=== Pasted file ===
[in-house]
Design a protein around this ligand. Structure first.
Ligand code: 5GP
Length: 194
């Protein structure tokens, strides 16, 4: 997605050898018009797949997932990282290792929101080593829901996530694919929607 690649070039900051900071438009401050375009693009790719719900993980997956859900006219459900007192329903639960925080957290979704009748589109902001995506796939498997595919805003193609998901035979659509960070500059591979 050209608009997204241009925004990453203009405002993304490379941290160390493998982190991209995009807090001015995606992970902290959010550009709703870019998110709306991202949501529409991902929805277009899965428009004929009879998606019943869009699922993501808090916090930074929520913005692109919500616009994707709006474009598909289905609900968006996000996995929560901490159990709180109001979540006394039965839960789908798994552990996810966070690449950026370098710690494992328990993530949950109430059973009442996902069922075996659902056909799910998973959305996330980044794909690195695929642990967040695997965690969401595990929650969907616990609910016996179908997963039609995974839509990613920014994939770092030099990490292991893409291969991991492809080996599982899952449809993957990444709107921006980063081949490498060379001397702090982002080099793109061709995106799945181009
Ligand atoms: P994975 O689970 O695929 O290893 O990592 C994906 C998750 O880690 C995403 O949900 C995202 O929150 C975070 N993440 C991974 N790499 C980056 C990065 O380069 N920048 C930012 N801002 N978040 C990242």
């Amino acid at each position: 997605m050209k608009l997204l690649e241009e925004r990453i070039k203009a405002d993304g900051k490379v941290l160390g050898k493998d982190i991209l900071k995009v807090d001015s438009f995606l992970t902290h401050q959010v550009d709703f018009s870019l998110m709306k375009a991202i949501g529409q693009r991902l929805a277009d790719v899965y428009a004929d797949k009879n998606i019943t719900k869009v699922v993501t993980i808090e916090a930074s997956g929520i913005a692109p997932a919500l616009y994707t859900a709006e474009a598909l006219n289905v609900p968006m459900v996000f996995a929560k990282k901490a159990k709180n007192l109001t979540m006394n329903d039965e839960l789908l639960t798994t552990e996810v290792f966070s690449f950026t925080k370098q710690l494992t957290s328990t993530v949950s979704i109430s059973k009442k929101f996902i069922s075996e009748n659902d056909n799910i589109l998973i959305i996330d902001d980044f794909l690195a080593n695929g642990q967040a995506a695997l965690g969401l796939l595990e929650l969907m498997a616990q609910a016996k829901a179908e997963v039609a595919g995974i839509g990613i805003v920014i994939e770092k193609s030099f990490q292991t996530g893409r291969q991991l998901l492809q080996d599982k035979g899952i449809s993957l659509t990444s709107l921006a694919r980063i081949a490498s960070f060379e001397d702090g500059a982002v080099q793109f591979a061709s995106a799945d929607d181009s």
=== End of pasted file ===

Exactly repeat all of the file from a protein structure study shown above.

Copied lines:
[in-house]
Design a protein around this ligand. Structure first.
Ligand code: 5GP
Length: 194
């Protein structure tokens, strides 16, 4: 997605050898018009797949997932990282290792929101080593829901996530694919929607 690649070039900051900071438009401050375009693009790719719900993980997956859900006219459900007192329903639960925080957290979704009748589109902001995506796939498997595919805003193609998901035979659509960070500059591979 050209608009997204241009925004990453203009405002993304490379941290160390493998982190991209995009807090001015995606992970902290959010550009709703870019998110709306991202949501529409991902929805277009899965428009004929009879998606019943869009699922993501808090916090930074929520913005692109919500616009994707709006474009598909289905609900968006996000996995929560901490159990709180109001979540006394039965839960789908798994552990996810966070690449950026370098710690494992328990993530949950109430059973009442996902069922075996659902056909799910998973959305996330980044794909690195695929642990967040695997965690969401595990929650969907616990609910016996179908997963039609995974839509990613920014994939770092030099990490292991893409291969991991492809080996599982899952449809993957990444709107921006980063081949490498060379001397702090982002080099793109061709995106799945181009
Ligand atoms: P994975 O689970 O695929 O290893 O990592 C994906 C998750 O880690 C995403 O949900 C995202 O929150 C975070 N993440 C991974 N790499 C980056 C990065 O380069 N920048 C930012 N801002 N978040 C990242």
């Amino acid at each position: 997605m050209k608009l997204l690649e241009e925004r990453i070039k203009a405002d993304g900051k490379v941290l160390g050898k493998d982190i991209l900071k995009v807090d001015s438009f995606l992970t902290h401050q959010v550009d709703f018009s870019l998110m709306k375009a991202i949501g529409q693009r991902l929805a277009d790719v899965y428009a004929d797949k009879n998606i019943t719900k869009v699922v993501t993980i808090e916090a930074s997956g929520i913005a692109p997932a919500l616009y994707t859900a709006e474009a598909l006219n289905v609900p968006m459900v996000f996995a929560k990282k901490a159990k709180n007192l109001t979540m006394n329903d039965e839960l789908l639960t798994t552990e996810v290792f966070s690449f950026t925080k370098q710690l494992t957290s328990t993530v949950s979704i109430s059973k009442k929101f996902i069922s075996e009748n659902d056909n799910i589109l998973i959305i996330d902001d980044f794909l690195a080593n695929g642990q967040a995506a695997l965690g969401l796939l595990e929650l969907m498997a616990q609910a016996k829901a179908e997963v039609a595919g995974i839509g990613i805003v920014i994939e770092k193609s030099f990490q292991t996530g893409r291969q991991l998901l492809q080996d599982k035979g899952i449809s993957l659509t990444s709107l921006a694919r980063i081949a490498s960070f060379e001397d702090g500059a982002v080099q793109f591979a061709s995106a799945d929607d181009s």